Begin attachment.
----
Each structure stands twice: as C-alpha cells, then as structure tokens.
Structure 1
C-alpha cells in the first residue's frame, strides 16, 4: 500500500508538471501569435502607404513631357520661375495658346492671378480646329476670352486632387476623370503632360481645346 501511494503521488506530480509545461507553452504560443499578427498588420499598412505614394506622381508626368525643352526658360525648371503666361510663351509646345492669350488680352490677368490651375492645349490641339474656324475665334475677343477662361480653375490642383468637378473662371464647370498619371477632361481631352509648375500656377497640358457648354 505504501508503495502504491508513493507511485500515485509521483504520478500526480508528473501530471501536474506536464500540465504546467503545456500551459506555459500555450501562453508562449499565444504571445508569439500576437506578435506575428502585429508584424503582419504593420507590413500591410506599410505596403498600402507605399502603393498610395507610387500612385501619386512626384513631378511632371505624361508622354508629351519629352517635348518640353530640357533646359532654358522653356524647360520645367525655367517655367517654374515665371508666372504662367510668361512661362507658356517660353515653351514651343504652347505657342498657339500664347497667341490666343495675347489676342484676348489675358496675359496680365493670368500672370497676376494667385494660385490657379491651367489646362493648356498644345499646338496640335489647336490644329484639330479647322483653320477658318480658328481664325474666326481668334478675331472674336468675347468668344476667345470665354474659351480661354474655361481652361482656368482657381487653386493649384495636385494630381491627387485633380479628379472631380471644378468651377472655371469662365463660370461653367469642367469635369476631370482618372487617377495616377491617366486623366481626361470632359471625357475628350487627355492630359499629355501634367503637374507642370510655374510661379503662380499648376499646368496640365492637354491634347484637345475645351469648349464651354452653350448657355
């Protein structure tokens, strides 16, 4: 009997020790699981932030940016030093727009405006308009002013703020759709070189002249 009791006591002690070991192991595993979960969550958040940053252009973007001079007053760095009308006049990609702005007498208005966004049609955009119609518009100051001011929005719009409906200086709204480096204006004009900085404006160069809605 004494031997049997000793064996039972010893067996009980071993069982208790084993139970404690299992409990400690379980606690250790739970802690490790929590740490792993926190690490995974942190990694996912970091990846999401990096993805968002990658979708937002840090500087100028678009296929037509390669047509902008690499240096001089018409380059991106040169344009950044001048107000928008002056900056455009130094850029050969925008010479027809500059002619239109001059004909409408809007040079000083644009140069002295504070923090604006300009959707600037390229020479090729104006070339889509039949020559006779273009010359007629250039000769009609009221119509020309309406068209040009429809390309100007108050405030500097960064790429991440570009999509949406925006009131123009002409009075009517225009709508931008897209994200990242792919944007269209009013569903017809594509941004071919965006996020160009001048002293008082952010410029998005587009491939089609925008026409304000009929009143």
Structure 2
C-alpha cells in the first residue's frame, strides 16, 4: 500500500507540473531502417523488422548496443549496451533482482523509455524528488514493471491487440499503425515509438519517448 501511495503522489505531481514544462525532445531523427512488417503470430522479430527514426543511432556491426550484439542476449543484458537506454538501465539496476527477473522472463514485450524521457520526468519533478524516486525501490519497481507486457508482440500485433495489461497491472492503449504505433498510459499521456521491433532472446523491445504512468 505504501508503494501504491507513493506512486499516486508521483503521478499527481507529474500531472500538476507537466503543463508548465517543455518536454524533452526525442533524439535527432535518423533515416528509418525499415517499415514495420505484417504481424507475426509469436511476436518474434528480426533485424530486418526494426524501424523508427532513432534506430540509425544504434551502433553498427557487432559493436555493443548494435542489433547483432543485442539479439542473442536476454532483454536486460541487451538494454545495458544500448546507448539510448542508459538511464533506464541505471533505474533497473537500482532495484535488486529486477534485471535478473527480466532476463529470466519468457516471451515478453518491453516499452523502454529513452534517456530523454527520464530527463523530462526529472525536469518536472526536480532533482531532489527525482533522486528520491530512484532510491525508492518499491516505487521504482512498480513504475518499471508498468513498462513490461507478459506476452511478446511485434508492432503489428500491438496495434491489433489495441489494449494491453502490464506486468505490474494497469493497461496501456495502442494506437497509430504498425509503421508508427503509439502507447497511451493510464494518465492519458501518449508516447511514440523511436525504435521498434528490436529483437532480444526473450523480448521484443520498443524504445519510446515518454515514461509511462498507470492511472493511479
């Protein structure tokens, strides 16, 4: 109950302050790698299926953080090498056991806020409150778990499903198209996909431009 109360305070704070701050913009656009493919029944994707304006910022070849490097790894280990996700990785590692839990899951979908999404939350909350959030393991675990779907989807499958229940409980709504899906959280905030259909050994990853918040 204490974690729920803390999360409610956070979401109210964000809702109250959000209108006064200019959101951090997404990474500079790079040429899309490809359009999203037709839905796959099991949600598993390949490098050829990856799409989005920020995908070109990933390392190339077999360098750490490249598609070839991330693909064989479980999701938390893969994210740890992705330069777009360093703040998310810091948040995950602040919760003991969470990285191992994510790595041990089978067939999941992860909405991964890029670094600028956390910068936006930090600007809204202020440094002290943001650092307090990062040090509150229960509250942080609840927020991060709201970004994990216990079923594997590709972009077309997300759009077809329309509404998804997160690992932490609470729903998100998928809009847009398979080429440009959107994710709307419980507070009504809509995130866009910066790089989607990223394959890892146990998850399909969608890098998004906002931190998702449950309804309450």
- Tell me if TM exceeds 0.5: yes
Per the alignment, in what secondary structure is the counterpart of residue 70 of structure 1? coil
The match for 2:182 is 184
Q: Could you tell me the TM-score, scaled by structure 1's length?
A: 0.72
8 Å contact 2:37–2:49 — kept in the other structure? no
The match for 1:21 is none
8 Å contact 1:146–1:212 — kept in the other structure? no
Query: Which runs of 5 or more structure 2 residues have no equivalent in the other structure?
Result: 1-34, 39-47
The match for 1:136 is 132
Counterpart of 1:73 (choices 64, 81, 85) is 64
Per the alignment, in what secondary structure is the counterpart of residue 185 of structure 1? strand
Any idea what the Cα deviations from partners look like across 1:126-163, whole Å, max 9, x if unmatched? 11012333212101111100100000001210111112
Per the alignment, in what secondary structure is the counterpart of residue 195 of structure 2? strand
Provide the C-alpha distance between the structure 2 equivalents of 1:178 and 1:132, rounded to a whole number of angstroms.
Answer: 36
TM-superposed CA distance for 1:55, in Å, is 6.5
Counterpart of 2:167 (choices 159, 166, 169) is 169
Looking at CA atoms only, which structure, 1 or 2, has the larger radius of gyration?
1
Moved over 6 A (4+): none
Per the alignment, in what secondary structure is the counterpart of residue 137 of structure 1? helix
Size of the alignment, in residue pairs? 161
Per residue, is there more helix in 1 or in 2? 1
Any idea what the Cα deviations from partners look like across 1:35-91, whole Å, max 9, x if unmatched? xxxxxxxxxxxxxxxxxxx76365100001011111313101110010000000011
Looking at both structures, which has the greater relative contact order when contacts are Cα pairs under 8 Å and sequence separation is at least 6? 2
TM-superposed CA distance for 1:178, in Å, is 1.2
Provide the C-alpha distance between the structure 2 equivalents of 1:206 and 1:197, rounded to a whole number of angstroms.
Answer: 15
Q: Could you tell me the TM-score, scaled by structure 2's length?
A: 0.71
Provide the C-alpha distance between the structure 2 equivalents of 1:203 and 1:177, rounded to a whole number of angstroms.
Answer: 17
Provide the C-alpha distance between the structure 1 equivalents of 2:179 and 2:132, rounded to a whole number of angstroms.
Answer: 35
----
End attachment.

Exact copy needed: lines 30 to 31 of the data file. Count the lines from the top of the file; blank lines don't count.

Per the alignment, in what secondary structure is the counterpart of residue 137 of structure 1? helix
Size of the alignment, in residue pairs? 161